Science

Bio-sensors and nanomaterials win top awards

Justin Gooding
Monday, 28 November, 2011
Bob Beale

The Faculty of Science have been honoured with two prestigious national awards by the Royal Australian Chemical Institute at its 2011 Annual Awards Dinner in Melbourne.

Scientia Professor and ARC Australian Professorial Fellow Justin Gooding has been awarded the HG Smith Memorial Award, for outstanding contributions to surface chemistry, and Dr Mohammad Choucair has been awarded the Cornforth Medal for his outstanding work in the field of nanomaterials, where he discovered novel routes to carbon nanotubes, nanobubbles and anions.

The HG Smith Medal is awarded annually to a member of the RACI who, in the opinion of the Board of the RACI, has contributed most to the development of some branch of chemical science. The contribution is judged by research work published or accepted for publication during the previous decade.

The award  nomination states: “Professor Gooding has a leading international reputation in the modification of surfaces with self-assembled monolayers to enable controlled interactions with biomolecules, for bio-sensing, bioelectronics and cell biology applications.

“The majority of his work has been focused on the conceptual understanding of how to design surfaces that interact with biological systems in a highly controlled way. As published for the first time in the period June 2001 to May 2011, Professor Gooding has made major fundamental and applied contributions to the field of interfacial science, with a body of work focussed on the development of highly novel chemical and bio-sensors.

“Utilising his expertise in surface chemistry, Professor Gooding has stimulated a paradigm shift in sensor research through the design and fabrication of sensing interfaces with molecular level control.”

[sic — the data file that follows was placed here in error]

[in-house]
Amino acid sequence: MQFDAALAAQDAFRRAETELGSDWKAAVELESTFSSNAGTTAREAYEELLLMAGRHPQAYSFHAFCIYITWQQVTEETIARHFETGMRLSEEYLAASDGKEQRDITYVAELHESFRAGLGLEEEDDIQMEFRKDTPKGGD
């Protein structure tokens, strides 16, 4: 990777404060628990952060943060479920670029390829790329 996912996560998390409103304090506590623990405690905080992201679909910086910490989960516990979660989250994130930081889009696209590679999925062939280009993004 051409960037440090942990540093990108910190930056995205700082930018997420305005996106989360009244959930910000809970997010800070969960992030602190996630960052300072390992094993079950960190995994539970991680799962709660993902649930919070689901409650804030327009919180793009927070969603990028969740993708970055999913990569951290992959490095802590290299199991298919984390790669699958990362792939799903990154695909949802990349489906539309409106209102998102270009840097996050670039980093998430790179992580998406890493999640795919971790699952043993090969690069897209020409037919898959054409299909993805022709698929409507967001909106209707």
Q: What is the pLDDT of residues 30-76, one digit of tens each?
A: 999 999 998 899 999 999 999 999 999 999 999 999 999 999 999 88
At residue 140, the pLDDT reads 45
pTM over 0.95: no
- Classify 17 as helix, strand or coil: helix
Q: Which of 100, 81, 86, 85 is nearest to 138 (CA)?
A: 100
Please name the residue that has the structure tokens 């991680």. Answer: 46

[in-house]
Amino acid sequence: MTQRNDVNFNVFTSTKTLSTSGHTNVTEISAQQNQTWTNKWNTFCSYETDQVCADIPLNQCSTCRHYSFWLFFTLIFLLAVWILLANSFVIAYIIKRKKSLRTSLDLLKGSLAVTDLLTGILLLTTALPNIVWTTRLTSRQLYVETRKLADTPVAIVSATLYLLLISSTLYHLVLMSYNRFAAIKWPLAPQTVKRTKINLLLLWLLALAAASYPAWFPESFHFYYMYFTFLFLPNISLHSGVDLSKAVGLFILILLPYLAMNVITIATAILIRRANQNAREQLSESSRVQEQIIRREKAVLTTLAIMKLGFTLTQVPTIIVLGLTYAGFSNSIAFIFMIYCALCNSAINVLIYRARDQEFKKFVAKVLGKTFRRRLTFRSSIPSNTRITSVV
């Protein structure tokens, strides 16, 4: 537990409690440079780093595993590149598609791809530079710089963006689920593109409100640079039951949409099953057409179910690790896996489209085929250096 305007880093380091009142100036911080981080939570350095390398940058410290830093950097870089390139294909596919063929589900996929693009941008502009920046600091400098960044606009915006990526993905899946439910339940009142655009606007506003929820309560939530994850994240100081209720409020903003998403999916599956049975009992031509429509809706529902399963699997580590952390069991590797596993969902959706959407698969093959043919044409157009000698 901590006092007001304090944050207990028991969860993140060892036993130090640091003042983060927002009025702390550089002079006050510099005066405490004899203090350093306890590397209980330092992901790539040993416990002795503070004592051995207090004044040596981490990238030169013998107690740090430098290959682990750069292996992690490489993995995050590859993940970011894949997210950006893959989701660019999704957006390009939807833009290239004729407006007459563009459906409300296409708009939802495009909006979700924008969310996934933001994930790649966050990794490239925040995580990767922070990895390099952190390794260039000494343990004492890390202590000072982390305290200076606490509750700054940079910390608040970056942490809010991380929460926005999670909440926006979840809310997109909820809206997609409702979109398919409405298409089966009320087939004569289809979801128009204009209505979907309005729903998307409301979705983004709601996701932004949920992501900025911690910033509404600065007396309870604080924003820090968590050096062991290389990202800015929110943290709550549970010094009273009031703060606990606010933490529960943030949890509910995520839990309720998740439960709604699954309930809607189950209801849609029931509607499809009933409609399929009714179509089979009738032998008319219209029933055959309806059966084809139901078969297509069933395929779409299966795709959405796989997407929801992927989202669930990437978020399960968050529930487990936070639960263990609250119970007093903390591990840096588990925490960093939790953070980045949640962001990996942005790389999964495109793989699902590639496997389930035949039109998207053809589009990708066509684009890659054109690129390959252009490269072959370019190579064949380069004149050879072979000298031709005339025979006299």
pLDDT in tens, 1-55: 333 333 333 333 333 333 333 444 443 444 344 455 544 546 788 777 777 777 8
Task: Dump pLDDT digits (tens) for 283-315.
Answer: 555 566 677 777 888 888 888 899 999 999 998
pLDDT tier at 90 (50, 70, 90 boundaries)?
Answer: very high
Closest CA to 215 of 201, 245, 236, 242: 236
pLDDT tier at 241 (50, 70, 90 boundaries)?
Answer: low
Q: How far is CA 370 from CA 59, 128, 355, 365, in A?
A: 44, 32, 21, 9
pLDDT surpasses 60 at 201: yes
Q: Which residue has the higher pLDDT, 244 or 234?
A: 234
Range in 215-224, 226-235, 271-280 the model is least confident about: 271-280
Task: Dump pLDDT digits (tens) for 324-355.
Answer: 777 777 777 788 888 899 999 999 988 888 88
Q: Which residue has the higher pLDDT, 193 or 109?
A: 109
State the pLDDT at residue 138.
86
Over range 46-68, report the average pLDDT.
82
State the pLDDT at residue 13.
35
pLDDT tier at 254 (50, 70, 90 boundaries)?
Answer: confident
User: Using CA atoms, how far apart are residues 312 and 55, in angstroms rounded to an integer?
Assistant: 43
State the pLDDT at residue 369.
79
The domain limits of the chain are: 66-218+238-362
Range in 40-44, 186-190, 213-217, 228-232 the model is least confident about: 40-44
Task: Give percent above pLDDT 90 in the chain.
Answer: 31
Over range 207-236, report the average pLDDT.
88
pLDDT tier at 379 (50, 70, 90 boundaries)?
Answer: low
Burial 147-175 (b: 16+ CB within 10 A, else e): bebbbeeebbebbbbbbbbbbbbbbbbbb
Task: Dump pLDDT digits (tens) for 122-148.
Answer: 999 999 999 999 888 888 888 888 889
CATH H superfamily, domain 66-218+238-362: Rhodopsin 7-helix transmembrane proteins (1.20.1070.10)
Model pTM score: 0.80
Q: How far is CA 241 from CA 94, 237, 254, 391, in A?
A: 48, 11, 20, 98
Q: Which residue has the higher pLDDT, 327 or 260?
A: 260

The Cornforth Medal commemorates the work of Sir John Cornforth AC CBE FRS to recognise outstanding achievement in chemistry and to promote chemical communication.

The prize is a medal bearing the profile of Sir John Cornforth, and the words For a Thesis on Chemical Research. The Medal is awarded annually to a financial RACI member who is judged to have completed the most outstanding PhD thesis in a branch of chemistry, chemical science or chemical technology under the auspices of an Australian University and whose degree has been approved, but not necessarily conferred, in the previous 13 months.

The award nomination for Dr Choucair states:  “His doctoral thesis is a significant contribution to graphene chemistry, having developed a method to synthesise graphene from a “bottom- up” approach as opposed to the current “top- down” approach.

“This achievement cannot be understated; as it is a distinctly new method that has the advantage of enabling the mass production of graphene, thus enabling its inclusion and application in alloys, composites and developments of new graphene based devices.”

Dr Choucair has now taken up a postdoctoral position, focussed on graphene for nanotechnology applications, at the University of Parma, Italy.

Media contact:

Bob Beale UNSW Faculty of Science – bbeale@unsw.edu.au 0411 705 435